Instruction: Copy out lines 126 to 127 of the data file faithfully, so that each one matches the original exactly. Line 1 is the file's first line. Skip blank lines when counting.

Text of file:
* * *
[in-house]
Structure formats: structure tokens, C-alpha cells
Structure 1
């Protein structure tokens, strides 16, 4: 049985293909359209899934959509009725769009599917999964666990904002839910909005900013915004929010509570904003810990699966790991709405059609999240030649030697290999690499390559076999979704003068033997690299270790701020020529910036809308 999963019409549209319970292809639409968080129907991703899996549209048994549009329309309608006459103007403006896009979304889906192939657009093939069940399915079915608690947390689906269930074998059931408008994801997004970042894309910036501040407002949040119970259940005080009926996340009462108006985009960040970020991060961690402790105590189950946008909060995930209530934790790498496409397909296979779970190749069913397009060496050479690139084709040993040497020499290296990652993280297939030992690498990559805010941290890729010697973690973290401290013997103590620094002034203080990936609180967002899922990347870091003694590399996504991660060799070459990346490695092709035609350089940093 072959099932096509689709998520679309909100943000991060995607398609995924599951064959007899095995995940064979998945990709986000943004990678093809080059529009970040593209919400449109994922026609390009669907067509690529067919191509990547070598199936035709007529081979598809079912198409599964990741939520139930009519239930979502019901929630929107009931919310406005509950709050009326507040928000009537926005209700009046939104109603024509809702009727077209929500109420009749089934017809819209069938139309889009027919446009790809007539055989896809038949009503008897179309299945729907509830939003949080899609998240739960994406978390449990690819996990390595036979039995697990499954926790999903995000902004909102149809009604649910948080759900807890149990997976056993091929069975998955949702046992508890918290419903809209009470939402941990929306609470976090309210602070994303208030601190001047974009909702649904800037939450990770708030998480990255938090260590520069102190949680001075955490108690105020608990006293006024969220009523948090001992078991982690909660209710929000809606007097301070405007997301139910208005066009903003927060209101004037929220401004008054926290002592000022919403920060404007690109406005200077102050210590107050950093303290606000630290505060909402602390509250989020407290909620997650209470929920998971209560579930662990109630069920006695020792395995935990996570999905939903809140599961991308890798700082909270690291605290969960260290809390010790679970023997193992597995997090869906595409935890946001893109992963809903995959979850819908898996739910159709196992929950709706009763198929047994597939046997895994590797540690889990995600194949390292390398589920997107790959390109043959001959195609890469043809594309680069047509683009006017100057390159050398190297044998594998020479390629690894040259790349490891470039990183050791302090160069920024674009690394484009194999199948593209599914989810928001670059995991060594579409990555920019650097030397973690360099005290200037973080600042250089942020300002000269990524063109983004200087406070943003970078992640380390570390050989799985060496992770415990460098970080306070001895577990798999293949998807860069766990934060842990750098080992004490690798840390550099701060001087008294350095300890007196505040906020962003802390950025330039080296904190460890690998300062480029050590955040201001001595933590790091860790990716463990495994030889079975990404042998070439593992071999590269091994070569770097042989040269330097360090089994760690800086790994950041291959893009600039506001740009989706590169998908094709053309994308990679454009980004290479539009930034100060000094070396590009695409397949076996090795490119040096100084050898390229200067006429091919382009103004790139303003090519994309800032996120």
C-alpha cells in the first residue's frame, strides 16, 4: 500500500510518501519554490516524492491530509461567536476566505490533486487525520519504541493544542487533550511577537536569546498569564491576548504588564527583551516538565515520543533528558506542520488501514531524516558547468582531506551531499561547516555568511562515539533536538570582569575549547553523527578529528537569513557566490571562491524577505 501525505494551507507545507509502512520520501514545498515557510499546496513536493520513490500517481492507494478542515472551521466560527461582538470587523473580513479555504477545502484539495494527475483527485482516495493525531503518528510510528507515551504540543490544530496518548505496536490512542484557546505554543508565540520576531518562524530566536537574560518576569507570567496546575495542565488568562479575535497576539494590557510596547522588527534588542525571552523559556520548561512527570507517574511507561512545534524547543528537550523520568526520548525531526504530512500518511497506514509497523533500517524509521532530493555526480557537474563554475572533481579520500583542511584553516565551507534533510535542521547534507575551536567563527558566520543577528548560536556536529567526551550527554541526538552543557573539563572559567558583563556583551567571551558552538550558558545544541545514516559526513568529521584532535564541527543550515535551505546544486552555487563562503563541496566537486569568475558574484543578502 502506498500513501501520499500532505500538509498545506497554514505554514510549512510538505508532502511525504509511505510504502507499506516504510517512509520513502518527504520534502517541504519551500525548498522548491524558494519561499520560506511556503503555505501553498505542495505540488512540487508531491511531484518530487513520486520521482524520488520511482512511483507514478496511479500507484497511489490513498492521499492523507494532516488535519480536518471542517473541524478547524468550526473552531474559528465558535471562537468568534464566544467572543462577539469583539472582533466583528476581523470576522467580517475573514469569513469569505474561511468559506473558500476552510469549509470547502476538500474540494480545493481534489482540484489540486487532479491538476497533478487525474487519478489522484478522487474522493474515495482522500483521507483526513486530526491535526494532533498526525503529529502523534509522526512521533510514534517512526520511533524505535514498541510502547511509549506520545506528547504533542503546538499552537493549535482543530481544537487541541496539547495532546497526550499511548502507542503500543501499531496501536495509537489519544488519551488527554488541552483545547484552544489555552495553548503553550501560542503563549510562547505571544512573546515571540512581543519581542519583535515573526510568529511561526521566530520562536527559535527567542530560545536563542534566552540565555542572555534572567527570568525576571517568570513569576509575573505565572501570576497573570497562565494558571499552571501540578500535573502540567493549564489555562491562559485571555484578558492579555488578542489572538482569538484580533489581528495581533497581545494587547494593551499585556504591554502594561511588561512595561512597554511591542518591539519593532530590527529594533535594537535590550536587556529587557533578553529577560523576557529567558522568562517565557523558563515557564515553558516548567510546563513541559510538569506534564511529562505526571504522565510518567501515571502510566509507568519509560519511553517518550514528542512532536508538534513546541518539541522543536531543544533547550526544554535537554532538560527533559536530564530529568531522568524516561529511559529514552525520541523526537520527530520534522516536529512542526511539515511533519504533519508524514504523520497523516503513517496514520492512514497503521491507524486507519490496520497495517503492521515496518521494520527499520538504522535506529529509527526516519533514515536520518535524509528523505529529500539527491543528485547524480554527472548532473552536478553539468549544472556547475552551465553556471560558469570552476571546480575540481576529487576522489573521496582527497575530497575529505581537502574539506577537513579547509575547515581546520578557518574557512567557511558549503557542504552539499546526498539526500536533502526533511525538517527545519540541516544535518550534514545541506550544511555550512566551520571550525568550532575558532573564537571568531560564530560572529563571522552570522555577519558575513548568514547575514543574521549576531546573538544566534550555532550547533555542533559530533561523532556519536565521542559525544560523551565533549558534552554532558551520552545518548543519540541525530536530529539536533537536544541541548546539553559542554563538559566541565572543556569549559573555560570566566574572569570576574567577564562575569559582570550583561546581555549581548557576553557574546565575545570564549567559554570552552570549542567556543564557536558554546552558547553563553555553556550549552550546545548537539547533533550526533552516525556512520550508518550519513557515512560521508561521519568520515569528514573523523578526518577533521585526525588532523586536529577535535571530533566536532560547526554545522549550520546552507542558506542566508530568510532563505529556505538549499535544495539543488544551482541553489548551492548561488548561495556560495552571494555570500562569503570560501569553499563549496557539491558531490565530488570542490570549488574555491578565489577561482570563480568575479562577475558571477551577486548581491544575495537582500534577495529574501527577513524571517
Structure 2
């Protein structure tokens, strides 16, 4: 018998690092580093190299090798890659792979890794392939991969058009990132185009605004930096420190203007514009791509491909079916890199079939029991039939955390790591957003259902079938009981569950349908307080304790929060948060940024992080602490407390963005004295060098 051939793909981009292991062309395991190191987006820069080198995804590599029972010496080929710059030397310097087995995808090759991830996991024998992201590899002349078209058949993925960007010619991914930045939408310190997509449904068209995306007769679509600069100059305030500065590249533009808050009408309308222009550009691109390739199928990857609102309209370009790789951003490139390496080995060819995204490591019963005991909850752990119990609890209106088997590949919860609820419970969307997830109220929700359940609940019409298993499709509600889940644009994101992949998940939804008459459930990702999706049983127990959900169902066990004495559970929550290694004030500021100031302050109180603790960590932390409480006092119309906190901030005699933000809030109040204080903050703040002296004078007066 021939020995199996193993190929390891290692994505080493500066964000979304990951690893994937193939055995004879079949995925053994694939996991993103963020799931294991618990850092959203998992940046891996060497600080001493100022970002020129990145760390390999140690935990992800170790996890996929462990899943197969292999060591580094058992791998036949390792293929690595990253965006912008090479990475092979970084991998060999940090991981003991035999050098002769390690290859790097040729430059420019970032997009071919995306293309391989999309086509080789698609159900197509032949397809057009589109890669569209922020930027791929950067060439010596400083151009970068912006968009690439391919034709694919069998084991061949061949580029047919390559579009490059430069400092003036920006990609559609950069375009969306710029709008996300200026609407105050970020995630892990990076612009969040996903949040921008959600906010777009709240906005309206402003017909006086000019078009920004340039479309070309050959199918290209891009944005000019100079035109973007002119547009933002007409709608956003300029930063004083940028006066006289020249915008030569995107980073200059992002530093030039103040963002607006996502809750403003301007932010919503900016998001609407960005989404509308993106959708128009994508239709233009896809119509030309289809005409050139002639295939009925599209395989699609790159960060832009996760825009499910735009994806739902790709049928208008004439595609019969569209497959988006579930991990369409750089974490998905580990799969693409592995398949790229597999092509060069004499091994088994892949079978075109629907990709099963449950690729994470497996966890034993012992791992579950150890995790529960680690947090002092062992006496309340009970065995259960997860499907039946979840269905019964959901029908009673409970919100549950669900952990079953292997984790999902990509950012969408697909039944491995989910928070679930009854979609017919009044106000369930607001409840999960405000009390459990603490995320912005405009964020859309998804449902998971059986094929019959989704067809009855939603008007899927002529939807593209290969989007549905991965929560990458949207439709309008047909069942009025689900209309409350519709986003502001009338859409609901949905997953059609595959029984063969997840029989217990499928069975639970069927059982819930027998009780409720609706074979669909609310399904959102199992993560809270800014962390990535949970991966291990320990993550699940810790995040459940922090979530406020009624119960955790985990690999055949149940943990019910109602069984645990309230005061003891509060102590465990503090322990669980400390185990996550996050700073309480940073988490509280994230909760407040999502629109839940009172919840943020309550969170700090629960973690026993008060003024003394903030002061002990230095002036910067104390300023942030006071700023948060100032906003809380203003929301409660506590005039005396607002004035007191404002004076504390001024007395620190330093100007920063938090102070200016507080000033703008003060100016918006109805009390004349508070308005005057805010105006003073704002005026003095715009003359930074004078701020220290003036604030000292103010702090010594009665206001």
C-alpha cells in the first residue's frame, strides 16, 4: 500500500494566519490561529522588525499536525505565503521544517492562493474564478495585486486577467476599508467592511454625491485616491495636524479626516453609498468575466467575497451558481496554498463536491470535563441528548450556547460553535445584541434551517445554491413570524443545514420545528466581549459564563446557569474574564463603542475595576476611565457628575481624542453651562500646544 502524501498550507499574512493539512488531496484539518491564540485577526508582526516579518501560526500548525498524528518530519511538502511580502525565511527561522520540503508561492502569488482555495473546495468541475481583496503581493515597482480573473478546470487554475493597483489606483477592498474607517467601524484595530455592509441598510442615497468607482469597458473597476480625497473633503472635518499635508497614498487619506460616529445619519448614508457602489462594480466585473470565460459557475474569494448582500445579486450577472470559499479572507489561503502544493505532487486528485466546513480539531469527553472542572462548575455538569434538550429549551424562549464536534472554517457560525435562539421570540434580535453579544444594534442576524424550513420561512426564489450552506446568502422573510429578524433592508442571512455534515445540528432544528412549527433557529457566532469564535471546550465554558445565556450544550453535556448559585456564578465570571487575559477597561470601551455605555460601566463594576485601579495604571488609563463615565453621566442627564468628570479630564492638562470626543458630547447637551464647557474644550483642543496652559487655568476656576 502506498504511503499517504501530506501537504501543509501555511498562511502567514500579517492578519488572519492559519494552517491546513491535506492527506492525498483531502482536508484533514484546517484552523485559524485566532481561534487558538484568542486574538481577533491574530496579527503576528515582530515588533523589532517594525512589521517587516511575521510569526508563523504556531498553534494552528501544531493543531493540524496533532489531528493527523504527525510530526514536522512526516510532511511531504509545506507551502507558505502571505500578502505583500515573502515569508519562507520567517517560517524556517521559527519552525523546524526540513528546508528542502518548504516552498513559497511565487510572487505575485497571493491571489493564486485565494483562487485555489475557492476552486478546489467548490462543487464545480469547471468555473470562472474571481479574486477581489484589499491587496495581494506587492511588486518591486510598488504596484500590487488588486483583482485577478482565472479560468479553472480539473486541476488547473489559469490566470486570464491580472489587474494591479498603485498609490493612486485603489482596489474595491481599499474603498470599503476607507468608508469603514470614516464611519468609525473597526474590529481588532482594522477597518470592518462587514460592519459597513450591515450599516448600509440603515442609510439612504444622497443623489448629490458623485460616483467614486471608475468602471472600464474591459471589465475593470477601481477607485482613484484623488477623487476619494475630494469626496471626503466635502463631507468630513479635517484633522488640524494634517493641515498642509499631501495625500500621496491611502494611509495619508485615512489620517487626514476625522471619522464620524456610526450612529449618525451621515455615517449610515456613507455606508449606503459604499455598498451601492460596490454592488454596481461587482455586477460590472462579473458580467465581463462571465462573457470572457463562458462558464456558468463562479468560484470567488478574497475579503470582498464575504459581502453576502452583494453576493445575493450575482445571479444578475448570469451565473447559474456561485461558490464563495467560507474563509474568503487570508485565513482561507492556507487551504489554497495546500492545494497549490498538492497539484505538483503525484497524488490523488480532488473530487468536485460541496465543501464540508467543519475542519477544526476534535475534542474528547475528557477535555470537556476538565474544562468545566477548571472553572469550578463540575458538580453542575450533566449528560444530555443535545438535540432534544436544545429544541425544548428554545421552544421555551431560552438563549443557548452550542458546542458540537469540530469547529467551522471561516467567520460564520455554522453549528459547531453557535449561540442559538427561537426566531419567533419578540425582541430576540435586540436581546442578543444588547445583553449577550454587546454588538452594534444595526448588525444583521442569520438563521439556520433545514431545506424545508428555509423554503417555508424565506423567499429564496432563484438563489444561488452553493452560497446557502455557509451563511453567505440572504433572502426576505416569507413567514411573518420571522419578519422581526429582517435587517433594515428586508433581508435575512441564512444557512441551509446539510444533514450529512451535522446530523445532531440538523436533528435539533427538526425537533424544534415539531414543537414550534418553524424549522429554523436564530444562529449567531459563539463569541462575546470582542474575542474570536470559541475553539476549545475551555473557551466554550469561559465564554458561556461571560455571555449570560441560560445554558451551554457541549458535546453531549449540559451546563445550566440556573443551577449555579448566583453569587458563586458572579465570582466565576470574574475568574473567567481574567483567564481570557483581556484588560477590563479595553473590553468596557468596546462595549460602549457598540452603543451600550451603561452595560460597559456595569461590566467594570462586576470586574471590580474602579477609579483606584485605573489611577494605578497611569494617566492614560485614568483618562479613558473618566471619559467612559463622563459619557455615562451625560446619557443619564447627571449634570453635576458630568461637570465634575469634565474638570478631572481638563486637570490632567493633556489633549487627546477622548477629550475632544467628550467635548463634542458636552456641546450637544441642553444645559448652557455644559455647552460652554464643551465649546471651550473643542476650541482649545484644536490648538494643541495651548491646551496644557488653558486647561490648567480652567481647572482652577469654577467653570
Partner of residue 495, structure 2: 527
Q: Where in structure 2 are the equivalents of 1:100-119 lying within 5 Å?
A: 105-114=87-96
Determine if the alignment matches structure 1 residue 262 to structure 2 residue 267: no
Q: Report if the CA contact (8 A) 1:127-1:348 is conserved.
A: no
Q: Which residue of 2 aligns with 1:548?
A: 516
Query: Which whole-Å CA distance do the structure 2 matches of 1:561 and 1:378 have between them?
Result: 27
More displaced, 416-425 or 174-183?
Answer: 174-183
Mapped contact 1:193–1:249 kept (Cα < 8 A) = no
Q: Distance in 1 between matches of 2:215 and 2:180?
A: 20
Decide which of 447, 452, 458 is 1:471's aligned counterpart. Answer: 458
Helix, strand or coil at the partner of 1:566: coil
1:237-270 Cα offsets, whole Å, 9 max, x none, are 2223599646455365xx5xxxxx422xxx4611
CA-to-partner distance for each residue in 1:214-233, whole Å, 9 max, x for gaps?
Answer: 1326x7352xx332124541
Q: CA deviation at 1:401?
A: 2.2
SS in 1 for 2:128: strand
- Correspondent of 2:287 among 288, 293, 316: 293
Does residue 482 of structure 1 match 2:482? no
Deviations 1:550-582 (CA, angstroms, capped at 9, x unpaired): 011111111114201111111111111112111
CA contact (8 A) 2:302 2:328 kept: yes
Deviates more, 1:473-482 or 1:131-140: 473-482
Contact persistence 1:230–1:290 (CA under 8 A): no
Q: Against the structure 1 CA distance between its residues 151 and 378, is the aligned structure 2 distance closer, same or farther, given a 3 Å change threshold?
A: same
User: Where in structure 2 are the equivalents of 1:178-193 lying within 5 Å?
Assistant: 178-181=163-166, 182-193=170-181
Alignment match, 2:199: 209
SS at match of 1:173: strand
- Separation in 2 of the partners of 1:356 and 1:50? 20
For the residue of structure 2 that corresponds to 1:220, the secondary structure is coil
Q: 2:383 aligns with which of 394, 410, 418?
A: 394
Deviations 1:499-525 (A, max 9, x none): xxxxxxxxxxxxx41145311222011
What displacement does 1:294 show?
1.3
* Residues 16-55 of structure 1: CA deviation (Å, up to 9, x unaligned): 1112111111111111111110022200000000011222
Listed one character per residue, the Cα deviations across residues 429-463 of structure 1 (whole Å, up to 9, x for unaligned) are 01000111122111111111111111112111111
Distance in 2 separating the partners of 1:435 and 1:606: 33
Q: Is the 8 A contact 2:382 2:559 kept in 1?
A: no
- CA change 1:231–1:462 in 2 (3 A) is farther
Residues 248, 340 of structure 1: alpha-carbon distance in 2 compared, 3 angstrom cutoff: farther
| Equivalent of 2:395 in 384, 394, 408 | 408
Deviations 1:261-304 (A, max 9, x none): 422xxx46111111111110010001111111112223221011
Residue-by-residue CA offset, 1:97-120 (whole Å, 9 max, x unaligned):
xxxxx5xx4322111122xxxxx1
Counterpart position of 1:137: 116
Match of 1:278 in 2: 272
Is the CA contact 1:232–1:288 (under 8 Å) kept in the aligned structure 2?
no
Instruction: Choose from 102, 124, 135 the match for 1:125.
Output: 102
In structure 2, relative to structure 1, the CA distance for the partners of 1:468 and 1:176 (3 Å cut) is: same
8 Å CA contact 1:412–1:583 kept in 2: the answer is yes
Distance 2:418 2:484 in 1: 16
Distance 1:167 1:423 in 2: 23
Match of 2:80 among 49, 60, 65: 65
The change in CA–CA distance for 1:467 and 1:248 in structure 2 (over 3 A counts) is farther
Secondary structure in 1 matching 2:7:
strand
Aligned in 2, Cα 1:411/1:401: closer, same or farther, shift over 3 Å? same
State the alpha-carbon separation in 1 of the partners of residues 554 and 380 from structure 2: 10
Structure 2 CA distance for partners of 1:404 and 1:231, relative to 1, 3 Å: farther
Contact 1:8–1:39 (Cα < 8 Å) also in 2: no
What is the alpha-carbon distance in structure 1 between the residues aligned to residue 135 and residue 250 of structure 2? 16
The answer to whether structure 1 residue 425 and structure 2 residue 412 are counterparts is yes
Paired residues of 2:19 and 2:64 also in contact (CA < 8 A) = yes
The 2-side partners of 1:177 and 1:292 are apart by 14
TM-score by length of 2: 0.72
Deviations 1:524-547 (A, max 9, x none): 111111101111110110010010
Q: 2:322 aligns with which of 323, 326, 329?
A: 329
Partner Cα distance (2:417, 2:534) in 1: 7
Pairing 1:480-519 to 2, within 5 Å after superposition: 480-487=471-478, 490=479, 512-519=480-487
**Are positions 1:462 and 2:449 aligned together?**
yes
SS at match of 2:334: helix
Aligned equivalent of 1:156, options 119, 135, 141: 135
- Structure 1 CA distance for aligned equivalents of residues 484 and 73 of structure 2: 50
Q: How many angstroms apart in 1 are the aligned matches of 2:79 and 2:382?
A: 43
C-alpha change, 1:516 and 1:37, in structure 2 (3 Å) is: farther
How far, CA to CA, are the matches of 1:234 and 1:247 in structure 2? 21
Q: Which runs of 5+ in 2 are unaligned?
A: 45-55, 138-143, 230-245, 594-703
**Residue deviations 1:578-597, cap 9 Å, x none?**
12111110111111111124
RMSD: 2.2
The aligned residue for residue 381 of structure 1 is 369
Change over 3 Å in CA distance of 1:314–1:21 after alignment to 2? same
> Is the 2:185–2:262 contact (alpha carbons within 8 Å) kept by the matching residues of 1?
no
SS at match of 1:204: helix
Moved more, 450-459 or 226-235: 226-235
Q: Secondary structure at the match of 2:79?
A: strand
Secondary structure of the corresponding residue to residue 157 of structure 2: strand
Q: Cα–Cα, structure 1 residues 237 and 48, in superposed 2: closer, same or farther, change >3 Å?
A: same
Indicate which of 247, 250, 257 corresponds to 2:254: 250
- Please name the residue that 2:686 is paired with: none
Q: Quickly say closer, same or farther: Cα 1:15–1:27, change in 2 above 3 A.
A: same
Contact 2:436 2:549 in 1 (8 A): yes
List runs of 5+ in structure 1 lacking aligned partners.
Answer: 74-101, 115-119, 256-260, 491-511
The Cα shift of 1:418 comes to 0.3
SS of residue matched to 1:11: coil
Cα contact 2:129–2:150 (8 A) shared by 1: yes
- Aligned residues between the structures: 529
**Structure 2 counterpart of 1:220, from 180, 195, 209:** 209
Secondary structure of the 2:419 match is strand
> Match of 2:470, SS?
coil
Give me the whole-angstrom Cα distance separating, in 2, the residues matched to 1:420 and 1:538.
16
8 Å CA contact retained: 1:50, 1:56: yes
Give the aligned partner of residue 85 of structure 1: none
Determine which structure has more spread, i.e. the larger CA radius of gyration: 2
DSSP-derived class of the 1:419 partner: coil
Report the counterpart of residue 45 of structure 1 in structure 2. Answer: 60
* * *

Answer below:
**Structure 2 counterpart of 1:220, from 180, 195, 209:** 209
Secondary structure of the 2:419 match is strand